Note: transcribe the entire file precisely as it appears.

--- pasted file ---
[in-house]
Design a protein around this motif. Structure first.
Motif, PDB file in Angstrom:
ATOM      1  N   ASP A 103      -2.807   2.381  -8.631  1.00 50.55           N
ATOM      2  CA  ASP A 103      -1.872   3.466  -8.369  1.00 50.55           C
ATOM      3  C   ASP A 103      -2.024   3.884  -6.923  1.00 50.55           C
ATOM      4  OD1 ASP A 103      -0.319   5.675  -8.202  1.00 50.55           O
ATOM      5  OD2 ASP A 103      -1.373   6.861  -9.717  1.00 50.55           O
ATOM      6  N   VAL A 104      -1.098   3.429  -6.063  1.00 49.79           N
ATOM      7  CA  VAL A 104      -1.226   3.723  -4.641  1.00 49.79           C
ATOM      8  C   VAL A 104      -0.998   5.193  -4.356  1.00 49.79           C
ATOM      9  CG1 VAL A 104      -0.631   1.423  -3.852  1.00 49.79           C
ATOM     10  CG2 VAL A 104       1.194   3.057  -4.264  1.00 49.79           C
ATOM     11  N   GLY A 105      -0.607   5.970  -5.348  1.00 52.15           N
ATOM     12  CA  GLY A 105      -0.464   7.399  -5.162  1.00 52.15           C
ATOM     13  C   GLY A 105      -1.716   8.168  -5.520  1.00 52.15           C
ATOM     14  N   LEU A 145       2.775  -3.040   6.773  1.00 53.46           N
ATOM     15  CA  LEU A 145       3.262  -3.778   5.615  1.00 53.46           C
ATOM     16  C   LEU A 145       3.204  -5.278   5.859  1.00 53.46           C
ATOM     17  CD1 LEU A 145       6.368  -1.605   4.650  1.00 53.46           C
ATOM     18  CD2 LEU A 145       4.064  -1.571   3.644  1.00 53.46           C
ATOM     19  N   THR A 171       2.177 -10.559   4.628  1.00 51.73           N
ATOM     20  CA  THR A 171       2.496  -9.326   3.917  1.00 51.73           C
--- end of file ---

[in-house]
Design a protein around this motif. Structure first.
Motif, PDB file in Angstrom:
ATOM      1  N   ASP A 103      -2.807   2.381  -8.631  1.00 50.55           N
ATOM      2  CA  ASP A 103      -1.872   3.466  -8.369  1.00 50.55           C
ATOM      3  C   ASP A 103      -2.024   3.884  -6.923  1.00 50.55           C
ATOM      4  OD1 ASP A 103      -0.319   5.675  -8.202  1.00 50.55           O
ATOM      5  OD2 ASP A 103      -1.373   6.861  -9.717  1.00 50.55           O
ATOM      6  N   VAL A 104      -1.098   3.429  -6.063  1.00 49.79           N
ATOM      7  CA  VAL A 104      -1.226   3.723  -4.641  1.00 49.79           C
ATOM      8  C   VAL A 104      -0.998   5.193  -4.356  1.00 49.79           C
ATOM      9  CG1 VAL A 104      -0.631   1.423  -3.852  1.00 49.79           C
ATOM     10  CG2 VAL A 104       1.194   3.057  -4.264  1.00 49.79           C
ATOM     11  N   GLY A 105      -0.607   5.970  -5.348  1.00 52.15           N
ATOM     12  CA  GLY A 105      -0.464   7.399  -5.162  1.00 52.15           C
ATOM     13  C   GLY A 105      -1.716   8.168  -5.520  1.00 52.15           C
ATOM     14  N   LEU A 145       2.775  -3.040   6.773  1.00 53.46           N
ATOM     15  CA  LEU A 145       3.262  -3.778   5.615  1.00 53.46           C
ATOM     16  C   LEU A 145       3.204  -5.278   5.859  1.00 53.46           C
ATOM     17  CD1 LEU A 145       6.368  -1.605   4.650  1.00 53.46           C
ATOM     18  CD2 LEU A 145       4.064  -1.571   3.644  1.00 53.46           C
ATOM     19  N   THR A 171       2.177 -10.559   4.628  1.00 51.73           N
ATOM     20  CA  THR A 171       2.496  -9.326   3.917  1.00 51.73           C